Of course Wonder Woman had her invisible jet, but optical invisibility was developed long ago.

Before WWI was over, Germany had experimented with a clear cellulose aircraft covering called Emaillit. This skin, along with silver-painted internal structures, made aircraft that were effectively invisible from the ground when the aircraft was over an altitude of just 300 meters. We’ll presume that’s a slight exaggeration. The allies, especially the French, had similar programs.

Russian Professor S. G. Kozlov’s “Invisible Aeroplane,” a Yakovlev AIR-4, apparently had its opaque parts painted white and/or covered with a mirrorlike amalgam or enamel. The aircraft’s structure was then covered with transparent “Rodoid,” (a French substance like tough cellophane also called “organic glass”). The solid structure was difficult to conceal and the whole skin tended to get soiled from the dirt runways and smoky exhausts pretty quickly, but the experiment was at least somewhat successful. Cellophane is still a pretty decent airplane covering for RC models.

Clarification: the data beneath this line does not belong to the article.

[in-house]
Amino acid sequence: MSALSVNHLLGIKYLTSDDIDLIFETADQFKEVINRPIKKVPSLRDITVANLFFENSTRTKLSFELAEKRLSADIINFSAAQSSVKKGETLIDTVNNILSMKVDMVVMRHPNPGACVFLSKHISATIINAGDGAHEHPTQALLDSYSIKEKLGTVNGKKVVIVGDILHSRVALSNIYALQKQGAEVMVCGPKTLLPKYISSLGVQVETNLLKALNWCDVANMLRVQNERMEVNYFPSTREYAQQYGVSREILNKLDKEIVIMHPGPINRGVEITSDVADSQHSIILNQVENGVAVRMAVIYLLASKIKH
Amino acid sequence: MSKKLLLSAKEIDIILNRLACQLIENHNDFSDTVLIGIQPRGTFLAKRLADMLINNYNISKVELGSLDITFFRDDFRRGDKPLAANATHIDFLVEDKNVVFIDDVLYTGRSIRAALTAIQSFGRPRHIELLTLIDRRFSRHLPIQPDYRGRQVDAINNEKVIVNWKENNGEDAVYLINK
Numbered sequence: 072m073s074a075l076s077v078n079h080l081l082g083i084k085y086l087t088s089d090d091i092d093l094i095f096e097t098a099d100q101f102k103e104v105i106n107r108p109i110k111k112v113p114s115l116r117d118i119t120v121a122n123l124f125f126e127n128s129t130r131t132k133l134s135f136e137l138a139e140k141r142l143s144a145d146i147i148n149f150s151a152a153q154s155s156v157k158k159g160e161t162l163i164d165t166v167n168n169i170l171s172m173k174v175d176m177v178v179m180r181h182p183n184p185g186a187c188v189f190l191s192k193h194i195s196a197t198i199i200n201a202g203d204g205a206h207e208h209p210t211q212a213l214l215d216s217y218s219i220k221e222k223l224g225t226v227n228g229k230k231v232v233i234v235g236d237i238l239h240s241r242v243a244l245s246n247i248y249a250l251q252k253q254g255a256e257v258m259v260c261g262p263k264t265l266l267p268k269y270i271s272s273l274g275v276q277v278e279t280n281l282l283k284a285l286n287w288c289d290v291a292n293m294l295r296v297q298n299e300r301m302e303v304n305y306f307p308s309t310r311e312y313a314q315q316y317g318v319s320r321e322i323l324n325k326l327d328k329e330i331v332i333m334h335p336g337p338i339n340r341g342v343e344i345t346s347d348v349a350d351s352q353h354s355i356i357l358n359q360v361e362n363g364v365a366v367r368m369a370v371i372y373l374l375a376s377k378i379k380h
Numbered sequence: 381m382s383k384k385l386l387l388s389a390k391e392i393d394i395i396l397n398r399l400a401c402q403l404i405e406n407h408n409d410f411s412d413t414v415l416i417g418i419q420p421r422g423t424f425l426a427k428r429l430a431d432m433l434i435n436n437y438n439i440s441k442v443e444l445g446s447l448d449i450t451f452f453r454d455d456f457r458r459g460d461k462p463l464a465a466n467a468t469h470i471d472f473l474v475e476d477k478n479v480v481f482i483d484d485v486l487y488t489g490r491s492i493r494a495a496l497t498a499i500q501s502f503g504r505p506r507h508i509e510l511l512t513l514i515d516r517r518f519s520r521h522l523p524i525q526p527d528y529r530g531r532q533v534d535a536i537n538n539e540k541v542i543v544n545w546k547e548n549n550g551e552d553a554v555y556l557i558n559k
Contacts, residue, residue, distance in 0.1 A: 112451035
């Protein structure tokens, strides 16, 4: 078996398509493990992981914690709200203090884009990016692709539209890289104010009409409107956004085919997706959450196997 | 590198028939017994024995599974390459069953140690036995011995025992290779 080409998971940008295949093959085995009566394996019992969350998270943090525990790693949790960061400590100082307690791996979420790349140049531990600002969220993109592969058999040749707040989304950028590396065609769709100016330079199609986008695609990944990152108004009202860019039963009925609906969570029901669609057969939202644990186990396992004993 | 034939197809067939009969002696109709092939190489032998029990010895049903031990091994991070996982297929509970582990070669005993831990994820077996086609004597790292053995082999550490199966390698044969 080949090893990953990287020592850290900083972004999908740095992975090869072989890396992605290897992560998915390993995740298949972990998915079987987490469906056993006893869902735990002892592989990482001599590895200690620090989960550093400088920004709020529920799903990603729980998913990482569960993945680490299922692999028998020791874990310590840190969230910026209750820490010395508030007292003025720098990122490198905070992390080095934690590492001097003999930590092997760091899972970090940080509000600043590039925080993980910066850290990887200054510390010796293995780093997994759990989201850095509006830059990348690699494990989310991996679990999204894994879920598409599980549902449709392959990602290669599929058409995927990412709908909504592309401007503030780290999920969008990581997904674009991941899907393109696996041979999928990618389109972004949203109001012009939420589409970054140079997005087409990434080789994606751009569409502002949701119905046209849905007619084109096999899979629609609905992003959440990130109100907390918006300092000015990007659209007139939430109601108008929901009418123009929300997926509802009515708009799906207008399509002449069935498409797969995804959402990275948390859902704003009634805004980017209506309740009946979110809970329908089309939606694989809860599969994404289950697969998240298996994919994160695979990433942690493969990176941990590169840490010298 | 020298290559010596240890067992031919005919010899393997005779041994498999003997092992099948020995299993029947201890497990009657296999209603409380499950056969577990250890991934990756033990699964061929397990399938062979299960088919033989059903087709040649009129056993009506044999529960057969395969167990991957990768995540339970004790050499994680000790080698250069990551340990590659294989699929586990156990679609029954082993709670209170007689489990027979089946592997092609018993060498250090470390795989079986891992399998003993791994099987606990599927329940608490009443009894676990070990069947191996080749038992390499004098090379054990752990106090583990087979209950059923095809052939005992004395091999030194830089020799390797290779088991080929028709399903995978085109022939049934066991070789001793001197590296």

Invisibility programs continued in the 1920s and 1930s between the wars, but was concentrated on warship camouflage. One of the more interesting approaches was to put diffuse lighting on ships that would duplicate the background lighting. The Canadians, who launched all those Liberty ships to England, had a big stake in this technology and invested considerable sums to accomplish ship invisibility. But because ships made a horrendous racket and spewed smoke, this was only partly successful.

The Canadians continued to experiment with Yahudi ship camoflage until after WWII.